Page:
During a Colorado divorce in which child support is involved, the child's needs are paramount. When the parents are nurturing of the child, it is obviously beneficial to his or her upbringing and future and both parents will want involvement in the child's life. The courts will take this into consideration.
Unfortunately, there are many cases in which there are allegations or a history of abuse. In these circumstances, the courts will take certain steps to address a situation in which there is an abusive parent and this can have an effect on the child custody rights and visitation schedule. These cases make it essential that the parents consider having legal assistance to ensure the child is protected.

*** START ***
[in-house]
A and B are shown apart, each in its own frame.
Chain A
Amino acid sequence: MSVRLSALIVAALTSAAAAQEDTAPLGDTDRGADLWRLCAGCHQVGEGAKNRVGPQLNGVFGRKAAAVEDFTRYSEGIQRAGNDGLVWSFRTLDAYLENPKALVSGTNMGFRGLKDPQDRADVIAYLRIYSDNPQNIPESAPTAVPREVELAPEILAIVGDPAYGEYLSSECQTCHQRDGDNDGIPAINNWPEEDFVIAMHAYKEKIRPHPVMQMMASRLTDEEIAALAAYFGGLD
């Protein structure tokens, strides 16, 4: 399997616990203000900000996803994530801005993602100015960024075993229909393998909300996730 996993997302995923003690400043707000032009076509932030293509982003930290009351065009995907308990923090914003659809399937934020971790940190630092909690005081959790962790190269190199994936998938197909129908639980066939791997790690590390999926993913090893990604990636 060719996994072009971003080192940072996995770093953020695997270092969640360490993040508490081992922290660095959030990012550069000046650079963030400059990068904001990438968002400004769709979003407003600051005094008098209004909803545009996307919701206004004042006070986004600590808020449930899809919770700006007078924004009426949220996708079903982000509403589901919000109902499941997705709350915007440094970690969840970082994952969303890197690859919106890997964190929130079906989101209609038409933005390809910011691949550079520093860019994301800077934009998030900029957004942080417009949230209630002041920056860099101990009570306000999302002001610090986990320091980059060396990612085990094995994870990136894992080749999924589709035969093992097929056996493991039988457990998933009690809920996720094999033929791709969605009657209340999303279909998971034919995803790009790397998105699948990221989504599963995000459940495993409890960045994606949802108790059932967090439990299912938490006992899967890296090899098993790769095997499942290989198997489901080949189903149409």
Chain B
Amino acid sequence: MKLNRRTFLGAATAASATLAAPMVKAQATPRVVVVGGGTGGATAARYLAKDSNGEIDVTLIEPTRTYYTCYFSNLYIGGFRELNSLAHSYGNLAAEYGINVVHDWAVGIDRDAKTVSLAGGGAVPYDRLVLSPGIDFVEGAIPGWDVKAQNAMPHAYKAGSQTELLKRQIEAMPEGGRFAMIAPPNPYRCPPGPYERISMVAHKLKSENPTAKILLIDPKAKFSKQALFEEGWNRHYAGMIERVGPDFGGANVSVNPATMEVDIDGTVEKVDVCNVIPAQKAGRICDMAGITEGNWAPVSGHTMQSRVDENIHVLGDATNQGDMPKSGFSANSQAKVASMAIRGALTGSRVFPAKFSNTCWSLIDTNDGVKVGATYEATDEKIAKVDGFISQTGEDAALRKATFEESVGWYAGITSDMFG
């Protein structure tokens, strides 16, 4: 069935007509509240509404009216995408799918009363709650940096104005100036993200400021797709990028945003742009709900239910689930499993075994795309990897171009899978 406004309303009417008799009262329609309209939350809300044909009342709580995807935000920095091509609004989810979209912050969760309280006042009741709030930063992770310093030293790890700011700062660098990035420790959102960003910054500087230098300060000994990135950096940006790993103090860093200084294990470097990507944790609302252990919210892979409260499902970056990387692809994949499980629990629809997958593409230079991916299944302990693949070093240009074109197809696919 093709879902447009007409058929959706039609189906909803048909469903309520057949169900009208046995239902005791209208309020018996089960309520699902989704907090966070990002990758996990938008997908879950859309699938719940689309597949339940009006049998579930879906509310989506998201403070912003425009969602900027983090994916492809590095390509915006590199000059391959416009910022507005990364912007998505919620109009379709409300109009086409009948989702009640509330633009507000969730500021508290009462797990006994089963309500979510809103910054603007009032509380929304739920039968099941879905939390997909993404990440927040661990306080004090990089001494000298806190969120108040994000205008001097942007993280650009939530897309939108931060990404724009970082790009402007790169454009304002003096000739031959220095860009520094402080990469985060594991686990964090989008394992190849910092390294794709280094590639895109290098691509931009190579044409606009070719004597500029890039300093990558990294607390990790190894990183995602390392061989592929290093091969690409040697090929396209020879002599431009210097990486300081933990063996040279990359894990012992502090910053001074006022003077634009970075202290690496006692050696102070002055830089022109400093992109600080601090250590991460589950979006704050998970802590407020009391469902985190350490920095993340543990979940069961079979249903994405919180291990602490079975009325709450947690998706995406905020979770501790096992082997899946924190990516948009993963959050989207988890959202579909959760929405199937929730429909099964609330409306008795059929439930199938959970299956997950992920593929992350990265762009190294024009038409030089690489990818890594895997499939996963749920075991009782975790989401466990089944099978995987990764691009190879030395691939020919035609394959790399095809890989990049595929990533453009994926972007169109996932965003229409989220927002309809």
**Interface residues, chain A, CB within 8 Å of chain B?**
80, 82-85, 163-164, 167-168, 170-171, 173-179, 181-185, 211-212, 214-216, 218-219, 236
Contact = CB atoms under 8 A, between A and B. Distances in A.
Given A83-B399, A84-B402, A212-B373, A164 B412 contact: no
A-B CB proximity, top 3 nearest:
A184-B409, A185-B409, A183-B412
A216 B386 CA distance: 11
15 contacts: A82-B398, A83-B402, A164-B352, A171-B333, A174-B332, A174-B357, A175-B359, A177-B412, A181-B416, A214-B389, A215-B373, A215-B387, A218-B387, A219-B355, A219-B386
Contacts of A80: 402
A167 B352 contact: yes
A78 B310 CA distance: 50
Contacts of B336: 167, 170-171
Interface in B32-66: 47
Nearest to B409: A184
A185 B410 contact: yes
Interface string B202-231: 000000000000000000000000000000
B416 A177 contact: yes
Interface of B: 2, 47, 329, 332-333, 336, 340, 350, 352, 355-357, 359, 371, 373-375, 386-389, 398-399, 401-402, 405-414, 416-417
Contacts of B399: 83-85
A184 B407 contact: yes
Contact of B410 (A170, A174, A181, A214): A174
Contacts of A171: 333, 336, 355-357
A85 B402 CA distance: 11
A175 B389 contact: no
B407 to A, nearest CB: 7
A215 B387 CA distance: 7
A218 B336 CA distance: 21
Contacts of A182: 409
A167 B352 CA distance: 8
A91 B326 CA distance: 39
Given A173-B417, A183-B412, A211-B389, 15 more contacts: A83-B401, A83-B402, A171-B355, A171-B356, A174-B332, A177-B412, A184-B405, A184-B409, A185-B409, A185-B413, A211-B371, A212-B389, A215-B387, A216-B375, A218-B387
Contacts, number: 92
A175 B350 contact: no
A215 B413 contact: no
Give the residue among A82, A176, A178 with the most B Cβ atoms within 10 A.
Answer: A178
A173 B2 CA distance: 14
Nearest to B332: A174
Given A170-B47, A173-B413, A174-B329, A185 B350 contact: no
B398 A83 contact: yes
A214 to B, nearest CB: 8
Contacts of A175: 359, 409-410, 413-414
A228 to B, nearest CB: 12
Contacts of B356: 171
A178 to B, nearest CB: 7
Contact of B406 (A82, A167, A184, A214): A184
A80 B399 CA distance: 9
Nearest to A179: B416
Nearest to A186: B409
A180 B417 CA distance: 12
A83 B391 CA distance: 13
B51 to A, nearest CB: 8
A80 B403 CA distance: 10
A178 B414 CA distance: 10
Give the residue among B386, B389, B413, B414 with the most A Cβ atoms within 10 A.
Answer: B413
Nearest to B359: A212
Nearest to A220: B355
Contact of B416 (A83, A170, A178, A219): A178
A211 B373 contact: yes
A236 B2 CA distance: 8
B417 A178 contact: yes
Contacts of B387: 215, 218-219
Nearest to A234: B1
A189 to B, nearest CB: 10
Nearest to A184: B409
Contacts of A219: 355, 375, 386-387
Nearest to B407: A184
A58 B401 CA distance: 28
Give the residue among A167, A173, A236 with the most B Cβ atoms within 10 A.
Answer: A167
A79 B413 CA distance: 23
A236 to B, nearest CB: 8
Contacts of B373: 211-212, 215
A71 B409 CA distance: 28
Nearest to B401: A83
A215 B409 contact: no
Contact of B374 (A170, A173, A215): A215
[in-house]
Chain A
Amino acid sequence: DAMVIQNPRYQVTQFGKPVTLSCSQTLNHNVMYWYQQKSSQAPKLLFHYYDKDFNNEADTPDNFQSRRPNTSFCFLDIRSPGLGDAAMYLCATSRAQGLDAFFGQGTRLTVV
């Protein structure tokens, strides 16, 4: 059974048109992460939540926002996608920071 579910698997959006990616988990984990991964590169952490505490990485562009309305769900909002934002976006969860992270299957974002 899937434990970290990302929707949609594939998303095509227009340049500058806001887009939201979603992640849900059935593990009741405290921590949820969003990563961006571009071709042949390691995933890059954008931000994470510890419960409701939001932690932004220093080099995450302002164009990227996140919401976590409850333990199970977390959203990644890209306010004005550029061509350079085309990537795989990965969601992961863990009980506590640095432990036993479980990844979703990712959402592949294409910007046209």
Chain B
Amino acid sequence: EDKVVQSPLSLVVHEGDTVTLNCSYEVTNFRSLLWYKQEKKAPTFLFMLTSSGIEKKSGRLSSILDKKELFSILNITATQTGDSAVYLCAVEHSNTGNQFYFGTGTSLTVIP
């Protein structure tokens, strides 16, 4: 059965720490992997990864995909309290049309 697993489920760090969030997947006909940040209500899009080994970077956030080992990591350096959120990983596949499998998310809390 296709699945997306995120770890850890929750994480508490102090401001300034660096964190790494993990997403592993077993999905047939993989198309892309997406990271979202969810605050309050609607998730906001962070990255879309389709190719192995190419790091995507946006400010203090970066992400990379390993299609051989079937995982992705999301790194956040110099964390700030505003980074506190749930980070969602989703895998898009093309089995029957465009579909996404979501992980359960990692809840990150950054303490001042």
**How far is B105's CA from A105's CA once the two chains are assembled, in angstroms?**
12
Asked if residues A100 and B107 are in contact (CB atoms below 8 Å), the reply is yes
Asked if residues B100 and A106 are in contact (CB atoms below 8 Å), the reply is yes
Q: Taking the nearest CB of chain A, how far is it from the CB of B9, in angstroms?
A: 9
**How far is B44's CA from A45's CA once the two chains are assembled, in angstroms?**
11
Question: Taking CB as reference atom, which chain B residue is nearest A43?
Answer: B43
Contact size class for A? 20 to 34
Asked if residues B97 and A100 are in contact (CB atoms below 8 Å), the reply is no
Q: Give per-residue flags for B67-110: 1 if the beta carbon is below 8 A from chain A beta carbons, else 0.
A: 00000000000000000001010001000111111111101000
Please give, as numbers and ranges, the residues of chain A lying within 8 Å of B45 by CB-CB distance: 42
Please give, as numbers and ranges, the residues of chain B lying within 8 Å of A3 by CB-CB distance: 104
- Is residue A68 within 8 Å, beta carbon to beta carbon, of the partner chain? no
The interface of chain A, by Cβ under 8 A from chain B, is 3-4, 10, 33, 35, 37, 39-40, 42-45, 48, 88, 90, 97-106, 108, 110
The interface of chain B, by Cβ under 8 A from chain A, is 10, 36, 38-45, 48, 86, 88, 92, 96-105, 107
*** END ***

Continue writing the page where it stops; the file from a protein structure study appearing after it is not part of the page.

Colorado law addresses domestic violence. The child's best interests are the most critical factor that the courts will consider. These children could be confronted with a litany of problems due to abuse. When parenting time is determined, the basic factors include how he or she will adapt to a new school or a new living arrangement. If there was abuse at the hands of a parent, this will be factored in. When sexual assault has taken place, the assaulting parent will have no visitation rights nor child custody.
The decision as to whether an alleged abusive parent will have any time with the child will hinge on the preponderance of the evidence showing that it is likelier than not that the abuse took place. This will be a foundational part of the child custody and visitation decision. Parents who have left the home because of domestic violence and either brought the child with them or left the child with the other parent for a brief time will not have these issues held against them provided they fled for safety purposes. Protection orders and domestic violence complaints will be considered in a child custody and visitation case. Allegations of abuse are complicated in family law cases.